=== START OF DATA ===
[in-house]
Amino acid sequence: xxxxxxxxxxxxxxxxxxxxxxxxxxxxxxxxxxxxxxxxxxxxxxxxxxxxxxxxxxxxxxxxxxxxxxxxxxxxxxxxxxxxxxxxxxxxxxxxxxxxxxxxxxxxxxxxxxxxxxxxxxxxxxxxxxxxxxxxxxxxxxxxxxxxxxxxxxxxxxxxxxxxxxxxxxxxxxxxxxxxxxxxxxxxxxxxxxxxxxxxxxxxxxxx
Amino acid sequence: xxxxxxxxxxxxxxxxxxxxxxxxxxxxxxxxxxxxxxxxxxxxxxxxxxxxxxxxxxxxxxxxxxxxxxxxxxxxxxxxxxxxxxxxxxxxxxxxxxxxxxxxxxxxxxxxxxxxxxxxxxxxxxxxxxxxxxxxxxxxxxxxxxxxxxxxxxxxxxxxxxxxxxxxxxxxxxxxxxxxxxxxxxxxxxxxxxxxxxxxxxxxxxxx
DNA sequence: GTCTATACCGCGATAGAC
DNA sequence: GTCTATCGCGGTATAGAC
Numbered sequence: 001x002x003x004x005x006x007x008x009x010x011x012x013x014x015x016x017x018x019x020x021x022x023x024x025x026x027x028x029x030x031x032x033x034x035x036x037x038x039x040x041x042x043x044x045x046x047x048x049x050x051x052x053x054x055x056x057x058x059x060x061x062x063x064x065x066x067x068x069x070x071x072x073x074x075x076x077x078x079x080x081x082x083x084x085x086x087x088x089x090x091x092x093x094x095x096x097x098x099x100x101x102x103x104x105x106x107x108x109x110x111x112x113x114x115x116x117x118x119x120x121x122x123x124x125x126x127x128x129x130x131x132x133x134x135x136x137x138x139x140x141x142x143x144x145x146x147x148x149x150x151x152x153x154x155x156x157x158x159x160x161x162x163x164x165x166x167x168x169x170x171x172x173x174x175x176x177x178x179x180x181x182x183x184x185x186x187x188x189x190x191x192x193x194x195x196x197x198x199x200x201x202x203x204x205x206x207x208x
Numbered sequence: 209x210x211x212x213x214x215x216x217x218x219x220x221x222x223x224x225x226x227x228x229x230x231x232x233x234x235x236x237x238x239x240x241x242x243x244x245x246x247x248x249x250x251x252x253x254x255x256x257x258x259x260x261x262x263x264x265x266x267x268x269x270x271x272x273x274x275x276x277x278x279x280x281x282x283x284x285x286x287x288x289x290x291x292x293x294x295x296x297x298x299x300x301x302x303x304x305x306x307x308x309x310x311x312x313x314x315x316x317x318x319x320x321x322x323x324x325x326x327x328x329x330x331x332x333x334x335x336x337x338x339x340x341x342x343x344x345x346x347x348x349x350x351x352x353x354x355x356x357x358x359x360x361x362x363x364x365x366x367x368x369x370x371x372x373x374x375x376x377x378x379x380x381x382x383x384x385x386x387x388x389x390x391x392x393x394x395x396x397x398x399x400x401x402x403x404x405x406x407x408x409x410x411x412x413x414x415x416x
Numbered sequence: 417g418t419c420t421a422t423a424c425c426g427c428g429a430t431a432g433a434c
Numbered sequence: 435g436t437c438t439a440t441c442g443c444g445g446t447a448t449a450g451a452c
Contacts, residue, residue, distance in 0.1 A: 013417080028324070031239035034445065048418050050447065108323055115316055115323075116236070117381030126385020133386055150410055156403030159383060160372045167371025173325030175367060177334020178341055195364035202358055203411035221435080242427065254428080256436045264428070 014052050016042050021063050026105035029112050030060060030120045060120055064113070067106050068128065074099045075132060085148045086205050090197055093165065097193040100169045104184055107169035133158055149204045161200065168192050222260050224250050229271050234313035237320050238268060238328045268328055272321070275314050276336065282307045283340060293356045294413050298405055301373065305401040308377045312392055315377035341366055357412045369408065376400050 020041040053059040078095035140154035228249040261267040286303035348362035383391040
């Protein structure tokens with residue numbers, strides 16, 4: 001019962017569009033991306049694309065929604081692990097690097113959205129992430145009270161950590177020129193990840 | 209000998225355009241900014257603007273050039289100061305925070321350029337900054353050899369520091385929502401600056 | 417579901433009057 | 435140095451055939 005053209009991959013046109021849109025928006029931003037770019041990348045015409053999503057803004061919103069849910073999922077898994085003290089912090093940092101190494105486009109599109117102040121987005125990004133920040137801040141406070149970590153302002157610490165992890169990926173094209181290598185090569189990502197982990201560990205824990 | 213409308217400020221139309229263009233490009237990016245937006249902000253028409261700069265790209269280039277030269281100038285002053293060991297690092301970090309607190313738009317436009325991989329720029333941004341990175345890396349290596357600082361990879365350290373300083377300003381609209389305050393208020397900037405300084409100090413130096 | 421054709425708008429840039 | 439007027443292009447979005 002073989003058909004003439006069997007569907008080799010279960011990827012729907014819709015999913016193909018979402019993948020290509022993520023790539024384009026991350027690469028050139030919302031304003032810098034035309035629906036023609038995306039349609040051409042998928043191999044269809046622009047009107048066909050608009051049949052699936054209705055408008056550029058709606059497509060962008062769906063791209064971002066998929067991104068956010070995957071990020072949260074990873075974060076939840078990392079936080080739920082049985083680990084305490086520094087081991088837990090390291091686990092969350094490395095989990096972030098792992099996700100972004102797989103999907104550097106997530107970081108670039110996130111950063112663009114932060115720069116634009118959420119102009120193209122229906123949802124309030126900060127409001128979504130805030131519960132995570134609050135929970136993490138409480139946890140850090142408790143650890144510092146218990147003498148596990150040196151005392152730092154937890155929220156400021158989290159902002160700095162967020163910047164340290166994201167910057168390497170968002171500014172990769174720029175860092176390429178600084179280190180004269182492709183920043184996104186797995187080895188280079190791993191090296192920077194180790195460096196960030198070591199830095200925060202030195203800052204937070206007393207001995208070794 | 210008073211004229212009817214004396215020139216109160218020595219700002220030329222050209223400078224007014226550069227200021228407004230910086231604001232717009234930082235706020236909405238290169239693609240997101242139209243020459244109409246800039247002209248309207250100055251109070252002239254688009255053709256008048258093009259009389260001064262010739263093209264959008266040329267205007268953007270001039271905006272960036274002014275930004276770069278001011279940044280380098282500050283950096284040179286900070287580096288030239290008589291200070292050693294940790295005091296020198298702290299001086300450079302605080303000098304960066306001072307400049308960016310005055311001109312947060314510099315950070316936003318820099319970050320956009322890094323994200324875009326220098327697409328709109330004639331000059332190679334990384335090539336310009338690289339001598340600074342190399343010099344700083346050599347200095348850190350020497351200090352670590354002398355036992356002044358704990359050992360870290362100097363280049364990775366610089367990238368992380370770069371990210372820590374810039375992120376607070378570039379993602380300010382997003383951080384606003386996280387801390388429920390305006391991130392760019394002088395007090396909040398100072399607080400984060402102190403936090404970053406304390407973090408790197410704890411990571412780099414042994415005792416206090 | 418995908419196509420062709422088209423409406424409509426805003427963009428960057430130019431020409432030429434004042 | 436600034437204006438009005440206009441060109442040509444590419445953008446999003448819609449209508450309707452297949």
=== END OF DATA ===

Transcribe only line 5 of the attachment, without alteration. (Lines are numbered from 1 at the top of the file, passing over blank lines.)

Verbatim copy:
DNA sequence: GTCTATCGCGGTATAGAC